Wyeth shares lost more than $7.6 billion of market value on July 24, 2007, after the company said the U.S. Food and Drug Administration would not approve Pristiq to treat “hot flashes” in post-menopausal women until it learned more about potential heart and liver problems associated with the drug.

Shareholders led by the Pipefitters Union Local 537 Pension Fund in Boston said Wyeth’s failure to reveal adverse effects sooner caused its stock price to be inflated during the June 26, 2006, to July 24, 2007, class period.

Pfizer bought Wyeth in 2009. Several former Wyeth officials, including onetime Chief Executive Robert Essner, are also defendants in the case.

Christopher Loder, a Pfizer spokesman, said the defendants denied wrongdoing in agreeing to settle.

Laurie Largent and David Rosenfeld, lawyers for the plaintiffs, did not immediately respond to requests for a comment.

Pristiq generated $461 million of sales from January to September for Pfizer.

Analysts once hoped annual sales would top $2 billion for the drug, whose chemical name is desvenlafaxine.

Animal health business Zoetis files IPO registration statement

NEW YORK, Mon Aug. 13, 2012 – Pfizer today announced that its subsidiary Zoetis Inc.  filed a registration statement with the U.S. Securities and Exchange Commission for a potential initial public offering of Class A common stock.

The offering is expected to represent an ownership stake of up to 20 percent. Prior to completion of the offering, which is targeted for the first half of 2013, Pfizer will transfer its animal health business to Zoetis.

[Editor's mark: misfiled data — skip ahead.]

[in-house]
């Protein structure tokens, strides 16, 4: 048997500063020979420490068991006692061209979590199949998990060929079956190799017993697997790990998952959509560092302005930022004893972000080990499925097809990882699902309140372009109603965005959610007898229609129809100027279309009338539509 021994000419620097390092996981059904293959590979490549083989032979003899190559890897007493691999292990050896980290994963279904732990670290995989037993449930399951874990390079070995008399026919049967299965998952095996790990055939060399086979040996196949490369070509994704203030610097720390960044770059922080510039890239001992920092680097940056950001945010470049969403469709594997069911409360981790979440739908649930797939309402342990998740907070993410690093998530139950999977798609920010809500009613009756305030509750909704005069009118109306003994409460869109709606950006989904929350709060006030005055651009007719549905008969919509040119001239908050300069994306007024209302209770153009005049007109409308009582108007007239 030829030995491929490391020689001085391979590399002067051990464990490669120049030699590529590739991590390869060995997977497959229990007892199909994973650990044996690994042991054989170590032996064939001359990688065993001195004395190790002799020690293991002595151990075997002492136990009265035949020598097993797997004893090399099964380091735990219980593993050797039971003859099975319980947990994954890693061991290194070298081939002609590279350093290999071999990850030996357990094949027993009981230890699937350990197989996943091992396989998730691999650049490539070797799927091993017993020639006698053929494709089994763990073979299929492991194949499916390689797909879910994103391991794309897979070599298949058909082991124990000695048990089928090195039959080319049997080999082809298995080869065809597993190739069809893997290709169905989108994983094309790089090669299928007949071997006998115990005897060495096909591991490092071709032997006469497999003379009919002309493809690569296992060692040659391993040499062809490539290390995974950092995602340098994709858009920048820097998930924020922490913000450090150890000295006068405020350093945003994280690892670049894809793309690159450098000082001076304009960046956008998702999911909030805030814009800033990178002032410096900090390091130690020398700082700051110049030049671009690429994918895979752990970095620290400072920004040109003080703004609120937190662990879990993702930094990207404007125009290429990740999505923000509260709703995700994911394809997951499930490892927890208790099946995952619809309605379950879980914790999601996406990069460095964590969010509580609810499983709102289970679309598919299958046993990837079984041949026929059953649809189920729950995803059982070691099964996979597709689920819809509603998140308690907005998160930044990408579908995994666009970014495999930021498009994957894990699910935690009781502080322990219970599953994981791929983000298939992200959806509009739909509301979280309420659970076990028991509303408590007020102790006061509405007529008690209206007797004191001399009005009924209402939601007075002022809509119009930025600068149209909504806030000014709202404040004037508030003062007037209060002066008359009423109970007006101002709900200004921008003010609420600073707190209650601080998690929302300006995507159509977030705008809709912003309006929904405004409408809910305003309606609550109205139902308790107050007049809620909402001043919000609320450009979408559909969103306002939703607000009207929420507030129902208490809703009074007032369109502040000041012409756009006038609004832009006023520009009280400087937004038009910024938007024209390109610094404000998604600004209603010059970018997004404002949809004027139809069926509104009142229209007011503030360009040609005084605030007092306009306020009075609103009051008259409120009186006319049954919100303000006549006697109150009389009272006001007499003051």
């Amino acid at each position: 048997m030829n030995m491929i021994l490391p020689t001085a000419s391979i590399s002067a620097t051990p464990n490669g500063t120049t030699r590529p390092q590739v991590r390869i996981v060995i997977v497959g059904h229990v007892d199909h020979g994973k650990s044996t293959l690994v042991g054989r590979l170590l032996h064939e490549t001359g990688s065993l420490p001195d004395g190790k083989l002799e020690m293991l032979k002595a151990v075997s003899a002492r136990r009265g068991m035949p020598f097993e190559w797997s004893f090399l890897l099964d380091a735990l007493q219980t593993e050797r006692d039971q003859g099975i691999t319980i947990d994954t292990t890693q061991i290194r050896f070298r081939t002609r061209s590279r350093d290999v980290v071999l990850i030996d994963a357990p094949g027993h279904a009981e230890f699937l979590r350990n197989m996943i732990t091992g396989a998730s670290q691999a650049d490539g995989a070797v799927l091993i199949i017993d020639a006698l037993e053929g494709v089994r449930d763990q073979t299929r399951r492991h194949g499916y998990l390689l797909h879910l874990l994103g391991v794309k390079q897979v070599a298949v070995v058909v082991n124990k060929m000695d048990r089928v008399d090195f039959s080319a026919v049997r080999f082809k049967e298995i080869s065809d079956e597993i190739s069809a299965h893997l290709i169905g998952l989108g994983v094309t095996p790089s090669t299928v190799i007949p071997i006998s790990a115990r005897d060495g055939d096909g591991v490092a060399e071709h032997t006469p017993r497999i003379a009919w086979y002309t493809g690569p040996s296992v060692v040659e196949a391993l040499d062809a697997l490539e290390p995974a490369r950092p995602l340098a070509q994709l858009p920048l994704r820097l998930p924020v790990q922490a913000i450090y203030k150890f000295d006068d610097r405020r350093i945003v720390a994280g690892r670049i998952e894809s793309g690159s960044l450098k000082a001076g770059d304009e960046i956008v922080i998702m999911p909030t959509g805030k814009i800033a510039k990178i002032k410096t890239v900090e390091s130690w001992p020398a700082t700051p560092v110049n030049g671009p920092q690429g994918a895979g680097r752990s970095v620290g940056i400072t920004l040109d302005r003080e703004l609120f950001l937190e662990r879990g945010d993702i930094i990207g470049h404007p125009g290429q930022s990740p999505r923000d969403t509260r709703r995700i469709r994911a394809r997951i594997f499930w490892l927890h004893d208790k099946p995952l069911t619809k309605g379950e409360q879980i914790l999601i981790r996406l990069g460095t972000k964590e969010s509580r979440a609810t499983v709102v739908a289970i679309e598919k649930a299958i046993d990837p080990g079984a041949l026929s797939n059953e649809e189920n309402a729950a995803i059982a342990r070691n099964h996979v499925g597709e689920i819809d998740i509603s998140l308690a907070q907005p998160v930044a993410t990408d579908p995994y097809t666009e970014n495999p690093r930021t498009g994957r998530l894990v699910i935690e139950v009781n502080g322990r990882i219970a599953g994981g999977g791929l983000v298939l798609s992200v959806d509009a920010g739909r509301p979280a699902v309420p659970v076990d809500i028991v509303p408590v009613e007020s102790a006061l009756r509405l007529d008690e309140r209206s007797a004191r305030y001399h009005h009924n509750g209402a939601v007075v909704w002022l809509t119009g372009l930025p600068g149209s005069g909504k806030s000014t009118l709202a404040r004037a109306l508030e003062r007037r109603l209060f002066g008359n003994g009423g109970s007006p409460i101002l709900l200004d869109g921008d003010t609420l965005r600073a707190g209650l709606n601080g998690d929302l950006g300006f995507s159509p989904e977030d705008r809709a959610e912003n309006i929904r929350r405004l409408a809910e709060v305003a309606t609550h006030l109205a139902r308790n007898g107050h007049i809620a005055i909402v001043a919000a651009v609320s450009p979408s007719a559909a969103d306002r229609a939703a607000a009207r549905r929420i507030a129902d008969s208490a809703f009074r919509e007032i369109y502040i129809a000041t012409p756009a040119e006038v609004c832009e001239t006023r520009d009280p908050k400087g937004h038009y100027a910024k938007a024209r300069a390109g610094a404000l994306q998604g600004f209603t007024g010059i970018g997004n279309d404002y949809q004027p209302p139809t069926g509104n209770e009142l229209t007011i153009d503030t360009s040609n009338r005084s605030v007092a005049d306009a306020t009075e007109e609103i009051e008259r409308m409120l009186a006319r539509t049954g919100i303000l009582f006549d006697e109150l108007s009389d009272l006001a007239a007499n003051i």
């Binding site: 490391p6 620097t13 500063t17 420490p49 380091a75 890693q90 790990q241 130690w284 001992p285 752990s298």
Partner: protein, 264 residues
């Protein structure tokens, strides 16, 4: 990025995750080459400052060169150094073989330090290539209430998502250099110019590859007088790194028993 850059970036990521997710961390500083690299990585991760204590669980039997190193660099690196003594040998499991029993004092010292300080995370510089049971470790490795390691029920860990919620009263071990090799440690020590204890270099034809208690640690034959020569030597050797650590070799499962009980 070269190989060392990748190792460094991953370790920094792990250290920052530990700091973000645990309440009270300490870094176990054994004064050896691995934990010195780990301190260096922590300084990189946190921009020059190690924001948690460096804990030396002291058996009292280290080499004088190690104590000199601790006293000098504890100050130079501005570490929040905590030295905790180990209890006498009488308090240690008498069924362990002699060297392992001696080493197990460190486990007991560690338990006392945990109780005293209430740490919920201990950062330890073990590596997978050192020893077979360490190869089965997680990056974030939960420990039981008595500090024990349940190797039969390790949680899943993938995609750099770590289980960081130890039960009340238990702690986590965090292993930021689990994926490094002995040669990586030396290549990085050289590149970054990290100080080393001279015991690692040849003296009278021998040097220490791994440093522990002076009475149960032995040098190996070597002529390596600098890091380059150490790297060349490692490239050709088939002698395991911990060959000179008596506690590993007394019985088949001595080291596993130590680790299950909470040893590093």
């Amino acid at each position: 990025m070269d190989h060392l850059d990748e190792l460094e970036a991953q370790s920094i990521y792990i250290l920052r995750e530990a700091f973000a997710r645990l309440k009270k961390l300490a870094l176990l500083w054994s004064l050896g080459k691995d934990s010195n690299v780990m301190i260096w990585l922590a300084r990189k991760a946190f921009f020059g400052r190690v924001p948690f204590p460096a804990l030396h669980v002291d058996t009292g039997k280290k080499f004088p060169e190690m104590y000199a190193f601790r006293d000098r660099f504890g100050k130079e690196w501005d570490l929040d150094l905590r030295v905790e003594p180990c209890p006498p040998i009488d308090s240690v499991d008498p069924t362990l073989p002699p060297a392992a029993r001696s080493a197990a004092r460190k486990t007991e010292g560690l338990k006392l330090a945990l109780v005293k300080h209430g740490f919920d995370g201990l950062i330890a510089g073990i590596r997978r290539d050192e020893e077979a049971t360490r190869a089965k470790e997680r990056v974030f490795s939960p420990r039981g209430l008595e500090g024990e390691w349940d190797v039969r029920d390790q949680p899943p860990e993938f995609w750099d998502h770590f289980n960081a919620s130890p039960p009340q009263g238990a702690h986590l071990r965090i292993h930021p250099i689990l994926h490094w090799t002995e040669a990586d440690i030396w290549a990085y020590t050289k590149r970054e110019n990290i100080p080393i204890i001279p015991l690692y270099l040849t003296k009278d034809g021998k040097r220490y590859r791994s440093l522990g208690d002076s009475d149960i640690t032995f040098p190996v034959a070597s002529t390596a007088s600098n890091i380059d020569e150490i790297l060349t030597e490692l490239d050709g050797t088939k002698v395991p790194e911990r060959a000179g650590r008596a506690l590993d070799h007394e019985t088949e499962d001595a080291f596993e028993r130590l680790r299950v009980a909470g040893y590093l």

The number of shares to be offered and the price range for the offering have not yet been determined.

Pfizer settles foreign bribery case with U.S. government

NEW YORK, Tue Aug 7, 2012 – Pfizer Inc. has agreed to pay $60.2 million to settle a U.S. government probe of the drug maker’s alleged use of illegal payments to win business overseas, according to the U.S. Securities and Exchange Commission.

The settlement, made public on Tuesday, is part of a broad crackdown on bribery by multinational companies in foreign countries that has affected several of the world’s top pharmaceutical companies.

According to an SEC complaint, filed in U.S. District Court for the District of Columbia, Pfizer’s misconduct dates to 2001. Employees of Pfizer subsidiaries bribed foreign officials to use Pfizer products and boost prescriptions, the complaint said.

The improper payments were made to officials in Russia, Bulgaria, Croatia, Kazakhstan, Serbia, Czech Republic, China and Italy.

The 1977 Foreign Corrupt Practices Act makes it illegal for U.S. companies and foreign firms whose stock is traded in the United States to bribe government officials in foreign countries.

Separately, the SEC also charged Wyeth, which Pfizer acquired in 2009, with similar violations. Pfizer and Wyeth agreed to separate settlements in which they will pay a total more than $45 million.